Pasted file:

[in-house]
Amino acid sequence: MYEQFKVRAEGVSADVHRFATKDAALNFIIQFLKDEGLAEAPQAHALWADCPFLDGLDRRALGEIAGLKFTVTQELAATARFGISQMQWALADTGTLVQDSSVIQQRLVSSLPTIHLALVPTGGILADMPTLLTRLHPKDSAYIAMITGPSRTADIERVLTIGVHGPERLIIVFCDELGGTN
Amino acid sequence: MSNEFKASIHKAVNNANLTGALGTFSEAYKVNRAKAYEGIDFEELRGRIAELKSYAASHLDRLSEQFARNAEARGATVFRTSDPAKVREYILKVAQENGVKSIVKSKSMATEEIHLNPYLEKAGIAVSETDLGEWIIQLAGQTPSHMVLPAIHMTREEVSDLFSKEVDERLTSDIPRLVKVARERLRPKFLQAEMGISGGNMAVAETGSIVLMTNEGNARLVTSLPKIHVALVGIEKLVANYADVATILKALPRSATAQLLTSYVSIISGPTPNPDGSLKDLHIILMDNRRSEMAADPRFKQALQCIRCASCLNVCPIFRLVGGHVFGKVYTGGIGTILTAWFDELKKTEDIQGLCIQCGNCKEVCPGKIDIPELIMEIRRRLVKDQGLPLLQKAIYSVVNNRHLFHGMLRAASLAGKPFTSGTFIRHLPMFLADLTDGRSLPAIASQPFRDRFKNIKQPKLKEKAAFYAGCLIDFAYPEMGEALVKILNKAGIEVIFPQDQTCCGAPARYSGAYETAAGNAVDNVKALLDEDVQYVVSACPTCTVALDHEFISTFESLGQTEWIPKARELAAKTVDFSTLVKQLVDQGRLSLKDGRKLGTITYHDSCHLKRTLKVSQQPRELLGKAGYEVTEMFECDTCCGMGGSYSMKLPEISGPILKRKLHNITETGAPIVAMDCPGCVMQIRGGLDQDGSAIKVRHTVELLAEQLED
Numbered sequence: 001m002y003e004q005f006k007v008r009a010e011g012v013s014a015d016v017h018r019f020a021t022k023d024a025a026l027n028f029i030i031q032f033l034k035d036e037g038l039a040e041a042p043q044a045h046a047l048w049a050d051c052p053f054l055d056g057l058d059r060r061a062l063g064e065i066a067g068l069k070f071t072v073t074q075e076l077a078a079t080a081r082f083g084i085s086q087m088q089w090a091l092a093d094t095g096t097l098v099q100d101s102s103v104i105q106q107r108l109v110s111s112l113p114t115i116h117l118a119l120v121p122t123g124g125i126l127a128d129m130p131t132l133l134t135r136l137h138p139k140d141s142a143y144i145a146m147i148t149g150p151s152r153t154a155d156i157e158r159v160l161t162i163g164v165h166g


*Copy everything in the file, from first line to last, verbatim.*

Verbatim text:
[in-house]
Amino acid sequence: MYEQFKVRAEGVSADVHRFATKDAALNFIIQFLKDEGLAEAPQAHALWADCPFLDGLDRRALGEIAGLKFTVTQELAATARFGISQMQWALADTGTLVQDSSVIQQRLVSSLPTIHLALVPTGGILADMPTLLTRLHPKDSAYIAMITGPSRTADIERVLTIGVHGPERLIIVFCDELGGTN
Amino acid sequence: MSNEFKASIHKAVNNANLTGALGTFSEAYKVNRAKAYEGIDFEELRGRIAELKSYAASHLDRLSEQFARNAEARGATVFRTSDPAKVREYILKVAQENGVKSIVKSKSMATEEIHLNPYLEKAGIAVSETDLGEWIIQLAGQTPSHMVLPAIHMTREEVSDLFSKEVDERLTSDIPRLVKVARERLRPKFLQAEMGISGGNMAVAETGSIVLMTNEGNARLVTSLPKIHVALVGIEKLVANYADVATILKALPRSATAQLLTSYVSIISGPTPNPDGSLKDLHIILMDNRRSEMAADPRFKQALQCIRCASCLNVCPIFRLVGGHVFGKVYTGGIGTILTAWFDELKKTEDIQGLCIQCGNCKEVCPGKIDIPELIMEIRRRLVKDQGLPLLQKAIYSVVNNRHLFHGMLRAASLAGKPFTSGTFIRHLPMFLADLTDGRSLPAIASQPFRDRFKNIKQPKLKEKAAFYAGCLIDFAYPEMGEALVKILNKAGIEVIFPQDQTCCGAPARYSGAYETAAGNAVDNVKALLDEDVQYVVSACPTCTVALDHEFISTFESLGQTEWIPKARELAAKTVDFSTLVKQLVDQGRLSLKDGRKLGTITYHDSCHLKRTLKVSQQPRELLGKAGYEVTEMFECDTCCGMGGSYSMKLPEISGPILKRKLHNITETGAPIVAMDCPGCVMQIRGGLDQDGSAIKVRHTVELLAEQLED
Numbered sequence: 001m002y003e004q005f006k007v008r009a010e011g012v013s014a015d016v017h018r019f020a021t022k023d024a025a026l027n028f029i030i031q032f033l034k035d036e037g038l039a040e041a042p043q044a045h046a047l048w049a050d051c052p053f054l055d056g057l058d059r060r061a062l063g064e065i066a067g068l069k070f071t072v073t074q075e076l077a078a079t080a081r082f083g084i085s086q087m088q089w090a091l092a093d094t095g096t097l098v099q100d101s102s103v104i105q106q107r108l109v110s111s112l113p114t115i116h117l118a119l120v121p122t123g124g125i126l127a128d129m130p131t132l133l134t135r136l137h138p139k140d141s142a143y144i145a146m147i148t149g150p151s152r153t154a155d156i157e158r159v160l161t162i163g164v165h166g